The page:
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Journal of Korean Neurosurgical Society 1997;26(4): 491-498.
Effects of Calcium, Magnesium, and Calcium Chelating Agent on Recovery from Hypoxia in Hippocampal Tissue Slices.
Woo Jae Kim, Jung Yul Park, Youn Kwan Park, Heung Seob Chung, Ki Chan Lee, Hoon Kap Lee
Departmentof Neurosurgery,College ofMedicine,Korea UniversityMedical Center, Seoul, Korea.
To providean evidence tosupport thecalcium hypothesis ofcerebral ischemia, we examinedthe effectsoftheextracellular calciumandcalciumchelating agent(Bapta-AM), and magnesiumon in vitro ischemia usingrat hippocampal slices. Loss of the populationspike on thehippocampal CA1 region afterelectrical stimulation was usedas indexof damageon thesynaptictransmission andspike amplitudeof the population spikeas index ofrecovery level.Recovery from theloss of orthodromic responses aftertransient hypoxia in lowcalcium treated sliceswas more rapid than nontreated normal calciumslices, and remained robust for4 hours in slices exposed in lowcalcium, whileresponses inslices madehypoxic in normalcalcium remained depressed or more slowlyrecovered. There were statistical significant differences of amplitude between the two group at 5, 10 15, 30, 60, 90 and 120 minute after 10 minute hypoxia (p<0.05).To thelesserextent, similarresults wasobservedin calcium chelating agent, BAPTA-AM, treatedslices, with statistical significant difference at 10minute afterhypoxia(p<0.05). Butin additionto reducingcalcium, elevating magnesium levelwhich is knownas voltagedependent NMDA receptorblocker, did not improve recoverycompared to reducingcalcium alone. We concludethat recovery from the lossof function afterhypoxia was improved bydecreasing extracellular calcium concentration of neuronsand activation of NMDA receptorsprobably played no part in early neuronal damage.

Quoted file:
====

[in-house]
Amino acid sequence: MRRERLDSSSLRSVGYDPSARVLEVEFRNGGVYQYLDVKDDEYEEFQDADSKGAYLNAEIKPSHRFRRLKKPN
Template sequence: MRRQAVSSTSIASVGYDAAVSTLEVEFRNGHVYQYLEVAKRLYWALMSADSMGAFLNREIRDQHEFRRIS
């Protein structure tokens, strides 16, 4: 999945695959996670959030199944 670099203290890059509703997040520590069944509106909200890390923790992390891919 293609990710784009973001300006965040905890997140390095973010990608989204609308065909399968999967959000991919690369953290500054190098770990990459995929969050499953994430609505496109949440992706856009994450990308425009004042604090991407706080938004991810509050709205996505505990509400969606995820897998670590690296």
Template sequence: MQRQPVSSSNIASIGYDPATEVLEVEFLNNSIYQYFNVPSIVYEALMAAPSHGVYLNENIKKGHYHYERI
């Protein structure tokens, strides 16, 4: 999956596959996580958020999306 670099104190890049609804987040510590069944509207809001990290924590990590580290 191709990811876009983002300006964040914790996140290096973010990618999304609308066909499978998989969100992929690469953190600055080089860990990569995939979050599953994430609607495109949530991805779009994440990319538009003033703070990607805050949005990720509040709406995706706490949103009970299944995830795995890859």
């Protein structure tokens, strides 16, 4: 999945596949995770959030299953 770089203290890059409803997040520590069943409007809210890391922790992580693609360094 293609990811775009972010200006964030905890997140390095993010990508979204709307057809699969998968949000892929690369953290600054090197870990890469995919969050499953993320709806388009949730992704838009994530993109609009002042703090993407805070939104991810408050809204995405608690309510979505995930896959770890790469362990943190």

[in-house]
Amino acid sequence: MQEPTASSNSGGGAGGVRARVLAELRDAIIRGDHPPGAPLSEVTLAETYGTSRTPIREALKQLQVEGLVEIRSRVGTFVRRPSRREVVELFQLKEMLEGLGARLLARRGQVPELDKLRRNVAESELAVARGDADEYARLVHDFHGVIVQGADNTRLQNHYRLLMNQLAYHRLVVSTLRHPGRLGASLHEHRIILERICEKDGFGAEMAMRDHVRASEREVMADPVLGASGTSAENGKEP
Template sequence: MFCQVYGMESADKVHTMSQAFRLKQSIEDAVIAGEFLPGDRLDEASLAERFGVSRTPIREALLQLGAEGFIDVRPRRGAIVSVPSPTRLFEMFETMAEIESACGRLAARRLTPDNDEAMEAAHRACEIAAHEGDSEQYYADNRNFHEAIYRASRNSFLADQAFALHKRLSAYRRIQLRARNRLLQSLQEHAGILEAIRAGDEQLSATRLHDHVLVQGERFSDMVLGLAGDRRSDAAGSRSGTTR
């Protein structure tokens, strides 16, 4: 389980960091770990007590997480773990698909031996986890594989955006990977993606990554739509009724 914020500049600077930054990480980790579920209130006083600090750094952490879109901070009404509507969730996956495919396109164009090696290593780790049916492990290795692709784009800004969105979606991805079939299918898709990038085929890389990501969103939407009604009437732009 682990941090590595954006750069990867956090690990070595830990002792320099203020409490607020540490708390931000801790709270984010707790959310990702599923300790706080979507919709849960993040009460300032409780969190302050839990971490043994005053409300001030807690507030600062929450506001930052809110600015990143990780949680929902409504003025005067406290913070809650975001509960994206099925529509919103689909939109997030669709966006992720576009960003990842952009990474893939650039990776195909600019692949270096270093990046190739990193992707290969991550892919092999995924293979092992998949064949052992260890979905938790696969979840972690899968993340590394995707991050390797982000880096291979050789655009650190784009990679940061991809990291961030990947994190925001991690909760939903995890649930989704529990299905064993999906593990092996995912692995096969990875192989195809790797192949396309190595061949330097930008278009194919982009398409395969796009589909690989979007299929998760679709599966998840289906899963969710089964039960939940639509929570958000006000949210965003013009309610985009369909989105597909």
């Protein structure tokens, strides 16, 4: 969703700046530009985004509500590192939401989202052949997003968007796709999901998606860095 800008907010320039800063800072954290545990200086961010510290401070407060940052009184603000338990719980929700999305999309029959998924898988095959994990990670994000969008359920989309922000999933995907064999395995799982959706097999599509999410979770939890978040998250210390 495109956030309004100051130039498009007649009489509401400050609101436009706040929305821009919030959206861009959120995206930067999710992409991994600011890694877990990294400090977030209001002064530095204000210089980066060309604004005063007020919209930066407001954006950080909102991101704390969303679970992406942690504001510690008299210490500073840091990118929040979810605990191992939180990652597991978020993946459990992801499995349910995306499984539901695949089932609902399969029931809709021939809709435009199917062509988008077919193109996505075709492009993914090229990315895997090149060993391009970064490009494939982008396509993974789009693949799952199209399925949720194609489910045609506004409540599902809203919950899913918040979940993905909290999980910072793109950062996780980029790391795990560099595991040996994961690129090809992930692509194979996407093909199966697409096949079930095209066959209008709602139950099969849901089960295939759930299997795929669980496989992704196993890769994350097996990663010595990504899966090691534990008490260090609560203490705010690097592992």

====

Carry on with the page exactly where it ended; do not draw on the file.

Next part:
Key Words: Hypoxia; Calcium; Magnesium; BAPTA-AM
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